Treatment options

Yesterday I had my first appointment with a neuro radiologist after being diagnosed via letter with my avm.

As I’m sure you will have all experienced it was a pretty stressful and confusing conversation.

In short I have a avm which is just over 3cm on the top of my brain on the right hand side (sorry can’t remember the medical terms). I’m told the location is a positive but it was a lot bigger than I was expecting.

To save people reading my background page, the reason for the Mri which found the avm was that I suffered some form of seizure on 15th September during the night. This was the first and last issue I have had.

Having had an eeg the doctor can find no link between the avm and my seizure and have therefore classed this as an incidental finding. He can provide no reason for the seizure which seems odd considering I am pretty fit and healthy and have no other medical issues.

The doctor has suggested that based on a recent study into avm’s by a French consultant (again apologies I have forgotten the name of the study) that it is deemed that the risk is significantly higher to perform any procedure to remove / reduce the avm than the risk that it hemorages. He stated the risk of a bleed was 1% but the risk from radiotherapy and surgery was significantly higher.

He has therefore suggested the best option in his opinion for me is to do nothing. He stated I should just accept I have this and move on, which as you may imagine is very difficult to do.

His next “preferred” option would be radiotherapy which would be done in Sheffield.

Just to confirm I am not critising the doctor as this may be the consensus of other professionals in his field but it was not the outcome I was expecting.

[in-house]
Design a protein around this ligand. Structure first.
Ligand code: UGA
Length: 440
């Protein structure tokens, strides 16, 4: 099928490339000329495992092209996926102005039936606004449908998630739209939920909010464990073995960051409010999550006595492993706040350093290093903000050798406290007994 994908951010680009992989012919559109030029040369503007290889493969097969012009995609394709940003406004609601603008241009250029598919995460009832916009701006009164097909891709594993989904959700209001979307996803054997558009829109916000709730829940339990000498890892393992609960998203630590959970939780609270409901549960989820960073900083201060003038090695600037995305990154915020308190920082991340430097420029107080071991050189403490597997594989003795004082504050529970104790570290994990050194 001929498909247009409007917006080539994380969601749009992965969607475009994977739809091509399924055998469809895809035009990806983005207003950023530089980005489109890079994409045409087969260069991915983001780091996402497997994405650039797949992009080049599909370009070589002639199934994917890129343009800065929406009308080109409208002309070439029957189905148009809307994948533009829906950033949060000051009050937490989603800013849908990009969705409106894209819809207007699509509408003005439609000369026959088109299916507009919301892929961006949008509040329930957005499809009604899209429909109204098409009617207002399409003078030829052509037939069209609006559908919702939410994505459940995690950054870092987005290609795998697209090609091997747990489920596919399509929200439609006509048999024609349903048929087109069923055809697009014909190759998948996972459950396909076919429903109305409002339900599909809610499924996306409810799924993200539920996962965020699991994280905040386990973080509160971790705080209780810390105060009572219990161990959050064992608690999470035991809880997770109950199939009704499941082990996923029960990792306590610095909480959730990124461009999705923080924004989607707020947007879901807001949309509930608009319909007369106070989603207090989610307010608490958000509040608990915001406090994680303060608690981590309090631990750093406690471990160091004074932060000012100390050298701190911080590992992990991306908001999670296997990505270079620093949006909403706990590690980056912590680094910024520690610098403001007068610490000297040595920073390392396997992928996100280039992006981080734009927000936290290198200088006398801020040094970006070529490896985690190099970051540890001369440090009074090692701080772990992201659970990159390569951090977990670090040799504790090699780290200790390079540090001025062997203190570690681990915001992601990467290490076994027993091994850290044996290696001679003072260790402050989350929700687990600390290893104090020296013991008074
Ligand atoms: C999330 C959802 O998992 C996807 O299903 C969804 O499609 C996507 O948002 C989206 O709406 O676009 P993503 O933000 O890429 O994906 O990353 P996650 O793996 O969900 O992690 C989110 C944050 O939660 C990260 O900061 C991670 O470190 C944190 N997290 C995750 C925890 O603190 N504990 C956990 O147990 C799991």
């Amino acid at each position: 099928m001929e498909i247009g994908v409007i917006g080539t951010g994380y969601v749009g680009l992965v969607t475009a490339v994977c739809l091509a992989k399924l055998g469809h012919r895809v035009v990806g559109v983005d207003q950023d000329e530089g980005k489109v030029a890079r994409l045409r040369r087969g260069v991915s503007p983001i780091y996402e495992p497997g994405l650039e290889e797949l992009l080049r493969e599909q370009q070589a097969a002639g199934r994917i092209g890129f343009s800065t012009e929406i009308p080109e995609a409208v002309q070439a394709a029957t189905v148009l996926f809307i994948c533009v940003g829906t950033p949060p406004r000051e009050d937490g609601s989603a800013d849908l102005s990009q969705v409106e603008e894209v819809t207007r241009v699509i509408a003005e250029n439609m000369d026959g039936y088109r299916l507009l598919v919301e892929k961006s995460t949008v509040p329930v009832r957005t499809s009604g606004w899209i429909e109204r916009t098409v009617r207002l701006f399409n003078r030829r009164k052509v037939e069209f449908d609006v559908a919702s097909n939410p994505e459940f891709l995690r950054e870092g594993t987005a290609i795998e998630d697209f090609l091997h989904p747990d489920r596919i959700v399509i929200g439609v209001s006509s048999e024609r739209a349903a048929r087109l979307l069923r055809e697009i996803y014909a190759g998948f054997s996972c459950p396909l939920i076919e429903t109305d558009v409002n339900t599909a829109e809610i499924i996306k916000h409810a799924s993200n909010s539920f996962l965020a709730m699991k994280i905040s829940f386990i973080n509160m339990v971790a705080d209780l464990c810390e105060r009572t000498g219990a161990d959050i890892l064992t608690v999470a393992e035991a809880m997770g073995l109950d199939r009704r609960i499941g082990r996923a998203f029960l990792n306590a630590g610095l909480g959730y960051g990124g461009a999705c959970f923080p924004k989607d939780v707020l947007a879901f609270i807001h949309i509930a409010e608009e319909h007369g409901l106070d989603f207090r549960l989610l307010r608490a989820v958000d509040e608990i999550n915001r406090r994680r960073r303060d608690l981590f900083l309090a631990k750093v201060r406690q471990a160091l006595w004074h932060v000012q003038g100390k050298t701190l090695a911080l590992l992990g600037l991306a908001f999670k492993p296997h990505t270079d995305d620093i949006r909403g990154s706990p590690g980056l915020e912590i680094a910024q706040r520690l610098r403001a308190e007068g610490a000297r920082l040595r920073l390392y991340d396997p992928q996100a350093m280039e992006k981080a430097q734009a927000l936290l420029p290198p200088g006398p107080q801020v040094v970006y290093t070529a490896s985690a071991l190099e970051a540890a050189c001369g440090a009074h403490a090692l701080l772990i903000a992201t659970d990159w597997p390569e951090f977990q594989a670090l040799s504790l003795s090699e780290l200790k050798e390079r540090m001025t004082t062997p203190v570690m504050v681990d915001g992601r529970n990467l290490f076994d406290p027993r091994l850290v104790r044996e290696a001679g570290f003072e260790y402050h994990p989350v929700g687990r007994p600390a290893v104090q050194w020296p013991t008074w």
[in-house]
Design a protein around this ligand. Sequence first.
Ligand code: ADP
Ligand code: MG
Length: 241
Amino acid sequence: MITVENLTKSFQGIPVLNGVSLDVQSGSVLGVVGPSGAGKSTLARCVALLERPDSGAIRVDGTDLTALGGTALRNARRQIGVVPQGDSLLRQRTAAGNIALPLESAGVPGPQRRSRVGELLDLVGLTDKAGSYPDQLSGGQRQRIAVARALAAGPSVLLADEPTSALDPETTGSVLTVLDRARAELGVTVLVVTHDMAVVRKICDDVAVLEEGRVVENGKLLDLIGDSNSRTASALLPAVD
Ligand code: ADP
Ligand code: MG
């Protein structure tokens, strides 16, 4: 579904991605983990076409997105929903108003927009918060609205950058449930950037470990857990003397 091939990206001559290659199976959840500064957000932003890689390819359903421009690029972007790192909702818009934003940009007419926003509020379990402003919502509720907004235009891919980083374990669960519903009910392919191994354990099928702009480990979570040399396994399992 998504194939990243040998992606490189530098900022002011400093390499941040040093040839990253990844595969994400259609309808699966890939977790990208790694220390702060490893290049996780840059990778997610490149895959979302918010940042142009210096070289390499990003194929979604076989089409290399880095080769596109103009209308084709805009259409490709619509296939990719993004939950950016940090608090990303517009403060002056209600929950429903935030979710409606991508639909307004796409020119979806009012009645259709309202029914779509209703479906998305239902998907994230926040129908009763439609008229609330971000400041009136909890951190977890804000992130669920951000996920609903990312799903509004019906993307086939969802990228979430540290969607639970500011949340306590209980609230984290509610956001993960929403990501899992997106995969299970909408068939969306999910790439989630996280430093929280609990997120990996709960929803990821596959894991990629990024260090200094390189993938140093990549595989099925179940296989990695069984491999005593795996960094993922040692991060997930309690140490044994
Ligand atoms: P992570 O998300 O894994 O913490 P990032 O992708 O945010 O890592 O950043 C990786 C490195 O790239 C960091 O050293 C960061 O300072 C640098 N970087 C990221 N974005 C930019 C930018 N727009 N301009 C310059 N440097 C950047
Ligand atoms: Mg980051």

I am awaiting a letter with a summary of his advice but am left with so many new questions, for example, how will I have to adjust my life if I choose to leave the avm untreated?

I intend to seek a second opinion form another consultant but am left with the decision of what do I choose to do?

I’m not sure I am able to leave it and do nothing as I will always be left wondering when or if things may go wrong.

Has anyone else had a similar situation?

I am very new to this world and would appreciate any advice available.

I can provide my doctors details / hospital details if needed.



Gary, most definitely get several opinions. Studies are not always what they appear, and sometimes medical news will declare a study a "game-changer" even when that study tells us nothing that we didn't know before. Most people here elect to treat their avms, though in some cases, not treating is the best option.

hi gary, treating or not treating? thats a tricky decision for us all. I have been told that mine is not in good position so inoperable but they are putting me foward for gammaknife BUT only because my avm has recently started causing a secondary condition. If it wasnt , like you they would suggest to leave it alone. Doing nothing for some people, me included, would be hard and I’m not sure if I could live with that. if gamma knife turns out to not be suitable for me im not sure what I will do, my neurosurgeon wont do embolisation either as he thinks that its too risky. its hard to know if thats his general opinion or just in my case, he never said. If your unsure on the advice go for a 2nd opinion, I struggled with getting one as a referral has to be done and my gp wouldnt so I went private in the end. I got an appt with another neurosurgeon within a week and it cost £250, best money I have ever spent because the second opinion was the same as the first so if nothing else it